Go With What You Know: If you’re creating content for a business blog or fan page, this one should be easy. After all, your content should relate to your business and you, presumably, know something about your business and industry. Having to write blog posts can seem like homework. Make it easier by writing something you know well. Try industry news and updates, answers to frequently asked questions, or explaining something about your business that your clients and customers should understand. If you’re writing something you know well, it won’t be as difficult to think of what or how to say it. Make it easy on yourself and stick with topics you’re familiar with.
Write The Way You Speak: Writing doesn’t have to be a chore. If you’re writing something for your blog or social-media site, start by thinking of the way you’d say it if you were telling someone in person. You don’t have to change the way you communicate. Keep it simple and conversational. Don’t worry about the sophistication of your sentence structure. Pay more attention to whether or not you’ve effectively communicated what you set out to say. Ultimately, you want visitors to read it, not grade it. Keep it short, easily consumed, and professional.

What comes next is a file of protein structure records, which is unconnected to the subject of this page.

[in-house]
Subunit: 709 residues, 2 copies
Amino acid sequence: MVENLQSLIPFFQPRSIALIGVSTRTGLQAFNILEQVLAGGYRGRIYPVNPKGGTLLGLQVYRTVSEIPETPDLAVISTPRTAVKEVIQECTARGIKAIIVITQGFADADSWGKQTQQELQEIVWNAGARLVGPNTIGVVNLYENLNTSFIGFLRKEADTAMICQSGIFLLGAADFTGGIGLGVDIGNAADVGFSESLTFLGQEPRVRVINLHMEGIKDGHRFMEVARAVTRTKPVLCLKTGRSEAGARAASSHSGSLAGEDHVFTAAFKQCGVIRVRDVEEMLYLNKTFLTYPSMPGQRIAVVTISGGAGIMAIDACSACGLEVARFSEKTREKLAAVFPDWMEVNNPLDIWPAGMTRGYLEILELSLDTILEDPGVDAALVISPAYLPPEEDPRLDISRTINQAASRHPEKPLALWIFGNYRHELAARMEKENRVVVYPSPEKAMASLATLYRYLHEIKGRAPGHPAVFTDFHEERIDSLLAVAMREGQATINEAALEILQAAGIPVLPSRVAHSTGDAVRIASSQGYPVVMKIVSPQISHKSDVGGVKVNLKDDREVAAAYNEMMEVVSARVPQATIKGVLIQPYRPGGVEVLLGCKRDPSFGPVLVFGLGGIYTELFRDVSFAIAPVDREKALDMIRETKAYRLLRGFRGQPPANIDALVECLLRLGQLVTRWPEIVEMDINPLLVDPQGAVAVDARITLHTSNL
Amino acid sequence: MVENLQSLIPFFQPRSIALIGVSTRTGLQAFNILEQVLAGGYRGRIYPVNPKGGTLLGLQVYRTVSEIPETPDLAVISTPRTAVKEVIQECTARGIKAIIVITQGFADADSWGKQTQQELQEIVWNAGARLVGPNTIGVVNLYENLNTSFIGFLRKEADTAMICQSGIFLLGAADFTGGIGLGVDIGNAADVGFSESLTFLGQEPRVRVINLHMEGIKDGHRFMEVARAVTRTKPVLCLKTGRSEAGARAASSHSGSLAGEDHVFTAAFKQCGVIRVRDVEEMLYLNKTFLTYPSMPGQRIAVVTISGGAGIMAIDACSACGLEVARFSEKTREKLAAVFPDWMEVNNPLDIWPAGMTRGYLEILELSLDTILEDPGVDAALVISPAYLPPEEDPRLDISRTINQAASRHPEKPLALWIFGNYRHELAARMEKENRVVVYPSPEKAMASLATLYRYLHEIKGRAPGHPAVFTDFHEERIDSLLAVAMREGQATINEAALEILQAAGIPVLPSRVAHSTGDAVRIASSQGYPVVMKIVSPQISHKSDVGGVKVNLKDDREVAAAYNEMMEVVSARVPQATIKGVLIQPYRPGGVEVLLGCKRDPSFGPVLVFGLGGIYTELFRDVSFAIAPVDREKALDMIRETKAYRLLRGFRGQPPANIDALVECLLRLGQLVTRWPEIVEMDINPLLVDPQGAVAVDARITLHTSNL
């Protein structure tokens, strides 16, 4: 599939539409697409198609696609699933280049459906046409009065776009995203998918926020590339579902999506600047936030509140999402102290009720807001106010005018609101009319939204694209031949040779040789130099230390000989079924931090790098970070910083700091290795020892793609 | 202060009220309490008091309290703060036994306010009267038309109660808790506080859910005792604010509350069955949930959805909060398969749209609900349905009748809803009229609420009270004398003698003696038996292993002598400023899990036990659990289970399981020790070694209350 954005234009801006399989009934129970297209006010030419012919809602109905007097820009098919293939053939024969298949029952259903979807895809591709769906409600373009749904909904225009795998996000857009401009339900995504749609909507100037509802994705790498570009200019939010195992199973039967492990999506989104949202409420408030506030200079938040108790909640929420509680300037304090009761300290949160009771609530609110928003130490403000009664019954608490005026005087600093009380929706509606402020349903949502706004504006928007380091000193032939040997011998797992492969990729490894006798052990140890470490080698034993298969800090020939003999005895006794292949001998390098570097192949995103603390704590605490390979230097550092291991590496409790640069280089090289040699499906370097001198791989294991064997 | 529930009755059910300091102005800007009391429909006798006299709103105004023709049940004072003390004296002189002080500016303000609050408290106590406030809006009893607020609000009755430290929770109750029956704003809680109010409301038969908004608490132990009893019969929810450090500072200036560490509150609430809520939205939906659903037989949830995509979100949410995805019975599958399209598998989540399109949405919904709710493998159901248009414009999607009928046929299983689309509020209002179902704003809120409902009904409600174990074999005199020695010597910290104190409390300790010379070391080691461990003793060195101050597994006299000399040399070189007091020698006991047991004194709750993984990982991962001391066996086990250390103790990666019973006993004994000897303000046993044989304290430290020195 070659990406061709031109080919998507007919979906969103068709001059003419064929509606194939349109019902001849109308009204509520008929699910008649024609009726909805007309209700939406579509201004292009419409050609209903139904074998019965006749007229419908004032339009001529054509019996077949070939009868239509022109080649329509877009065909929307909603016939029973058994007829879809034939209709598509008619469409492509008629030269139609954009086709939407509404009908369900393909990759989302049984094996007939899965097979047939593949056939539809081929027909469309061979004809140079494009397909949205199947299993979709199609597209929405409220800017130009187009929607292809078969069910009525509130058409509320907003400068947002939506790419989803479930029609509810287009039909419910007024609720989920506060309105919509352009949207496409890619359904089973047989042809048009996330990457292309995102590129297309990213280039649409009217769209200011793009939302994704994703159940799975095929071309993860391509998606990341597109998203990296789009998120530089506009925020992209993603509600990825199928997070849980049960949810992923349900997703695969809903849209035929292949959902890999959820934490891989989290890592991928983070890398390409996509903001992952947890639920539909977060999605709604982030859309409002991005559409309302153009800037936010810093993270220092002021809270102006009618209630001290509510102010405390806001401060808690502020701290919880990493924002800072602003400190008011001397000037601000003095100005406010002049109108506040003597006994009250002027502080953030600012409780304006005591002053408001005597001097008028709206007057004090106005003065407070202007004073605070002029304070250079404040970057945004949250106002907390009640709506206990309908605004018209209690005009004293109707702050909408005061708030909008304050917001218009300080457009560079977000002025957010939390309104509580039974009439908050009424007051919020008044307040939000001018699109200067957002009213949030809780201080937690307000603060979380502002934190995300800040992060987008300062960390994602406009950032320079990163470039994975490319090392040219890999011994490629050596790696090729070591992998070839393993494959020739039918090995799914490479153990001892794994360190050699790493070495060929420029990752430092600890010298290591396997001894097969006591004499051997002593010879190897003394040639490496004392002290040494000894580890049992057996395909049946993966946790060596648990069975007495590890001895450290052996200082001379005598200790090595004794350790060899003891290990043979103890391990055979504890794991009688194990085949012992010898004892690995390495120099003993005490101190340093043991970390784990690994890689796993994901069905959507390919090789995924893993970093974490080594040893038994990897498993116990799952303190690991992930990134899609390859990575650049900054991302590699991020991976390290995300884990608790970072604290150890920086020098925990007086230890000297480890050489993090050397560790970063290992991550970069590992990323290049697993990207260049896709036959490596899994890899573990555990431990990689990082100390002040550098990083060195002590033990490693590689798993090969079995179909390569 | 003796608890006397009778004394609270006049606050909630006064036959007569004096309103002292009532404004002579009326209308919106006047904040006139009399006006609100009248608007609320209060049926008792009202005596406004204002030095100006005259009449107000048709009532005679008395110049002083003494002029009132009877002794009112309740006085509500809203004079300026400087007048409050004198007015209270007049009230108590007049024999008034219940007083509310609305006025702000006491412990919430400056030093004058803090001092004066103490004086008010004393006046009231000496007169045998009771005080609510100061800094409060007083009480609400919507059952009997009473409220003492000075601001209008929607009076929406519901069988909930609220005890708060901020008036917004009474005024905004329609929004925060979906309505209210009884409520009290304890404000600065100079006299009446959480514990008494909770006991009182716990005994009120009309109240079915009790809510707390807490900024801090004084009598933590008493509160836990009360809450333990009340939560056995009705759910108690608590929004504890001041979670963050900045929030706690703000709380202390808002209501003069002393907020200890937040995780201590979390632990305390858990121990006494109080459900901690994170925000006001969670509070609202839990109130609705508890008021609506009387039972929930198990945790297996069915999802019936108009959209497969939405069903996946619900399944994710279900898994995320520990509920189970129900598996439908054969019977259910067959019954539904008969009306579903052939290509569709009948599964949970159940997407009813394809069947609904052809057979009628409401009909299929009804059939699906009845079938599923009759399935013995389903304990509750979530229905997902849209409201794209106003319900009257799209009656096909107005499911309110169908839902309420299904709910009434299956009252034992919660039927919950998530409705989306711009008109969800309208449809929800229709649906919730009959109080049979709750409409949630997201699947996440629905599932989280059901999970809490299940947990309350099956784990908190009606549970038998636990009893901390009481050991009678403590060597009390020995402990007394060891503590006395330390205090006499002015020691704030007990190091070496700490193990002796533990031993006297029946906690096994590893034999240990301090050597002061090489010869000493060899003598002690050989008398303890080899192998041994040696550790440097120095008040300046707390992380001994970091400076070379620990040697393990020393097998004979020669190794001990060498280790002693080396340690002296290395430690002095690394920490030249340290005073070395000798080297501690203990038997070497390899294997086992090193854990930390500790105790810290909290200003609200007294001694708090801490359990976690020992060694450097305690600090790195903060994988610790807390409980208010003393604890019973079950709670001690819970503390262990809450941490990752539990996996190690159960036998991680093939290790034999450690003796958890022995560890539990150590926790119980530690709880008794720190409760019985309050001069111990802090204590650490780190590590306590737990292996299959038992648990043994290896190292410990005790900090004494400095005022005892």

Use The Internet: Ideas abound on the Internet. If you’re having trouble creating content, there are countless ideas, topics, and resources available to you online. Social media is about sharing and communicating. So post a link to a story or article your read that relates to your industry or region. Link to a video or re-tweet something. In other words, don’t always feel like you have to write 500 words on some challenging topic or issue. Keep it simple and light. You’re not producing a manifesto, you’re trying to deliver interesting content to encourage visitors to interact with you and your business.
It’s been said that everyone makes mistakes. But that’s only half the story. After all, it’s not whether you make a mistake, it’s the severity of the mistake you make that matters. There’s a difference between locking your keys in the car and accidentally parking your car in the living room. One is an understandable error and the other – under most circumstances – isn’t. Like anything else, when starting a social-media campaign for your business, you will make mistakes. But avoiding the type of mistakes that will leave your page barren and ignored are more important than worrying about a typo in your bio.
Here’s a quick list of some things you can do to avoid making some of the most inexcusable social-media mistakes …